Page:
Since they’re still little (5, 4 & 3) , I started off by answering the question by saying I work to make money. A week later they asked, “why do you need to make money?” I told I had to make money to pay for the house we live in and the car we drive. These answers were acceptable to them… for a little while.
A few weeks later when I was leaving for work, they asked me why I had to go. I told them if I didn’t work, they wouldn’t have the toys that they like so much, or the iPad they are enthralled with. I wanted to make it more personal for them so they could understand the complexities of adult life.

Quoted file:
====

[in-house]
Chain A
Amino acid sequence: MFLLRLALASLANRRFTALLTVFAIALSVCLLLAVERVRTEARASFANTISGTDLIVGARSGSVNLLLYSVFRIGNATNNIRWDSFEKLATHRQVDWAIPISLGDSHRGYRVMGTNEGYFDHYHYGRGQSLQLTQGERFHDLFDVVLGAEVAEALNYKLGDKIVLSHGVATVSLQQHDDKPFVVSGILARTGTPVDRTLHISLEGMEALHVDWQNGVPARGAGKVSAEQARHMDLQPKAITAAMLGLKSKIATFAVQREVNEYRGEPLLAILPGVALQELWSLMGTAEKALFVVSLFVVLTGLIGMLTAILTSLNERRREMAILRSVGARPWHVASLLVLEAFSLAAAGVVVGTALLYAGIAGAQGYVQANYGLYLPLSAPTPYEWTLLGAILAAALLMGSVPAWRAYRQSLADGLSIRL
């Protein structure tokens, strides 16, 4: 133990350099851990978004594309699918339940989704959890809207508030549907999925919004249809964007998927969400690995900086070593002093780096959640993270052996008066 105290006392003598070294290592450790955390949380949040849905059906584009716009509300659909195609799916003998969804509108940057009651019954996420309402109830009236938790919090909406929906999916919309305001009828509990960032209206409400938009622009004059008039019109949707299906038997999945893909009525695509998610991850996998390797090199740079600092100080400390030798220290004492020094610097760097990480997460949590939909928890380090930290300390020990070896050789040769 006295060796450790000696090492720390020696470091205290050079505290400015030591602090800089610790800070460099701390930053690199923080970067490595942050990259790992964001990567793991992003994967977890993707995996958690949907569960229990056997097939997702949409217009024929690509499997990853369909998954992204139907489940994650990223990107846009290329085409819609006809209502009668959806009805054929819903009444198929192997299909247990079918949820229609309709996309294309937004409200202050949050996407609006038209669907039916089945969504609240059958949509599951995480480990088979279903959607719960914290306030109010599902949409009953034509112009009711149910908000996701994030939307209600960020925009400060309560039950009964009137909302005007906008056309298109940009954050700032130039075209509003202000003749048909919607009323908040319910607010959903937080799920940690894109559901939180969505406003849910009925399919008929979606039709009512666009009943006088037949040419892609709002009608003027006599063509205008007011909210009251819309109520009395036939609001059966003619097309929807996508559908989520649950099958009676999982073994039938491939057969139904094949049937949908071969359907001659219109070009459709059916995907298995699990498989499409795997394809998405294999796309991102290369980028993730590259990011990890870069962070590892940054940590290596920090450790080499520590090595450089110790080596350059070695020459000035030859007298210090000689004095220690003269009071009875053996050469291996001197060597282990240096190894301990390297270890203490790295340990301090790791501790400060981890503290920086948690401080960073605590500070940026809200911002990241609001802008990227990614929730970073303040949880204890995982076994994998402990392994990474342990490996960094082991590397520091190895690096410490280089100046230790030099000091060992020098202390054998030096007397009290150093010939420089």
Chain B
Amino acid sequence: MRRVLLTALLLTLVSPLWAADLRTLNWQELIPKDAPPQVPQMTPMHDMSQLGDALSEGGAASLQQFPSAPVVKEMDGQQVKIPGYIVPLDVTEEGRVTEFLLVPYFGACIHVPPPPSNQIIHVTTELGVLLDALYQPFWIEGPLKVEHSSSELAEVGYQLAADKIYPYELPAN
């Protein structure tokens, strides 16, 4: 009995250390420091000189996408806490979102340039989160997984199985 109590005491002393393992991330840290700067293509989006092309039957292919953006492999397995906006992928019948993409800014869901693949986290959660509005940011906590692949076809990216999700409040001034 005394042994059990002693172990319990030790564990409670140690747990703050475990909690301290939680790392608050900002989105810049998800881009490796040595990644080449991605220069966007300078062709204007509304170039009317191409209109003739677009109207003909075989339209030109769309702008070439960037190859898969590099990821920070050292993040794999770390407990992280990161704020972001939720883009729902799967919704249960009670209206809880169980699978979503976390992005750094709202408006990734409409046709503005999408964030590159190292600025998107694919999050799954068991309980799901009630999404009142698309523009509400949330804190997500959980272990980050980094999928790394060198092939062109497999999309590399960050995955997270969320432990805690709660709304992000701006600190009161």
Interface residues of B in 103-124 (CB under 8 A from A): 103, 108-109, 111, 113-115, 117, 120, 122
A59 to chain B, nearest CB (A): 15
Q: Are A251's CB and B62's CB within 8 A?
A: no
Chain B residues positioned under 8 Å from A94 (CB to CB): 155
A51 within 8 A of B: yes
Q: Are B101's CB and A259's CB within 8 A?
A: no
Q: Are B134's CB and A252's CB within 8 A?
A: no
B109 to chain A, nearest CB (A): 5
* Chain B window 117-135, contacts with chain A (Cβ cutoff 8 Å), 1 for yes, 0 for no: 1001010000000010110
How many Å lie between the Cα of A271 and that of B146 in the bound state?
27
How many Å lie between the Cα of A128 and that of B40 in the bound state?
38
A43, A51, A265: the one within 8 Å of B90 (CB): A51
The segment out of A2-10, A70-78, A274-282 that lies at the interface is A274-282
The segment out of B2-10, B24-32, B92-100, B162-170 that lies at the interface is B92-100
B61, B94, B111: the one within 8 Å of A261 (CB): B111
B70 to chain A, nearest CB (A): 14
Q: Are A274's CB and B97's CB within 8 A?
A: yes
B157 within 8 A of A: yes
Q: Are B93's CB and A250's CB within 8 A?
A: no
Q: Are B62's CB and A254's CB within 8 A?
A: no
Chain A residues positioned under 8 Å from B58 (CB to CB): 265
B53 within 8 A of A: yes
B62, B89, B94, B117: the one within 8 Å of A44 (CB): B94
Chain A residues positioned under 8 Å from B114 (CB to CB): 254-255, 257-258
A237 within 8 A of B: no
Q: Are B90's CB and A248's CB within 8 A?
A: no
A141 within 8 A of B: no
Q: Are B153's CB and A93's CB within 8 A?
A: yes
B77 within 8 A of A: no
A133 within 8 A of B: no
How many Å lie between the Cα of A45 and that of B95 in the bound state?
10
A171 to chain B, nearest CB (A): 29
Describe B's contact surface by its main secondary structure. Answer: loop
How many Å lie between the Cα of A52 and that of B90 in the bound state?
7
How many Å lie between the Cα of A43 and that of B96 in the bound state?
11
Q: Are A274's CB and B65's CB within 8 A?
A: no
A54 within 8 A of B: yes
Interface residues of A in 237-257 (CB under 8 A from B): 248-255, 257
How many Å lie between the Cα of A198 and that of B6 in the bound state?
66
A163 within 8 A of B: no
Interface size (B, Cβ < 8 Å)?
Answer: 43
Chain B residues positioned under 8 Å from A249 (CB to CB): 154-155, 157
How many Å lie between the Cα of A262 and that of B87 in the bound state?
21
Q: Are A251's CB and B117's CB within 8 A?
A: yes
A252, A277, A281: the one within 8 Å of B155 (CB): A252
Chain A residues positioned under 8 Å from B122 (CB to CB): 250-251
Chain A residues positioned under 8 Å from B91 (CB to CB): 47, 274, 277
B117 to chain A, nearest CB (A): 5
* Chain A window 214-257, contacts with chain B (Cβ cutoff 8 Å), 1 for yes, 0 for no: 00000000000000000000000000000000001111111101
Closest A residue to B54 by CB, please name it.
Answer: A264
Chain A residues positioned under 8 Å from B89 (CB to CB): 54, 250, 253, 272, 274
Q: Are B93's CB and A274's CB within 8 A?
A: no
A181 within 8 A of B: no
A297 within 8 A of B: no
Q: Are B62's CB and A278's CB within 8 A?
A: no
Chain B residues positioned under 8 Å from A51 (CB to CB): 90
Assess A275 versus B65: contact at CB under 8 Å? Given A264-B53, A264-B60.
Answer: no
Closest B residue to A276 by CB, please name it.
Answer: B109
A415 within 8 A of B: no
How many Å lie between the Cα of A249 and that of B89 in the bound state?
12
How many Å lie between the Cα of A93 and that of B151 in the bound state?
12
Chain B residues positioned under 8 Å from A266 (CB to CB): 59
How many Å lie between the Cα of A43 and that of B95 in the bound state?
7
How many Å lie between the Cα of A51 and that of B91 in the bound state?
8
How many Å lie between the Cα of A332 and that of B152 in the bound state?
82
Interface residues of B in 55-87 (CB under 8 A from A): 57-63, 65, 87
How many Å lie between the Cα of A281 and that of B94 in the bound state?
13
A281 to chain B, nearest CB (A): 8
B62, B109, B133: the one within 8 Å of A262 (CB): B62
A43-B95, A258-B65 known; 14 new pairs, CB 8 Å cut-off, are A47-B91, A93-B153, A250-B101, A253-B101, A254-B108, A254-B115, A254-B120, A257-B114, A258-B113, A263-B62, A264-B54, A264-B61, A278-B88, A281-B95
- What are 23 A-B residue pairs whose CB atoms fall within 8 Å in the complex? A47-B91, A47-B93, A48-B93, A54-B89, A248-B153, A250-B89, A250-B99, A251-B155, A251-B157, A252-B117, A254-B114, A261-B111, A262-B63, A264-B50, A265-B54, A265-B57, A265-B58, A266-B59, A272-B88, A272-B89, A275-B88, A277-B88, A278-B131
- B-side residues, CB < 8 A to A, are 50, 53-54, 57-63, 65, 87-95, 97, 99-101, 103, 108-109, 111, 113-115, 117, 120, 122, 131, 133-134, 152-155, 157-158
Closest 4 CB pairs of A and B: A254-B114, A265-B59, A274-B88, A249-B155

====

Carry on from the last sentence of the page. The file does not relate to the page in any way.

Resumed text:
After thinking about it for awhile, I just realized I have it all wrong. Why didn’t I tell them I work because I love what I do? Why didn’t I take the opportunity to talk about providing for my family because I love them?
By emphasizing money and possessions, I pre-conditioned them to the notion that work=money, and money=happiness. By avoiding the explanation of why work is truly important, I missed an opportunity and unintentionally started them on a path that often leads to selfishness and materialism.
We must be good stewards of the teachable moments we have with our children. They will soon grow up and those fleeting moments will vanish… leaving in their wake a foundation they will stand on for the rest of their lives.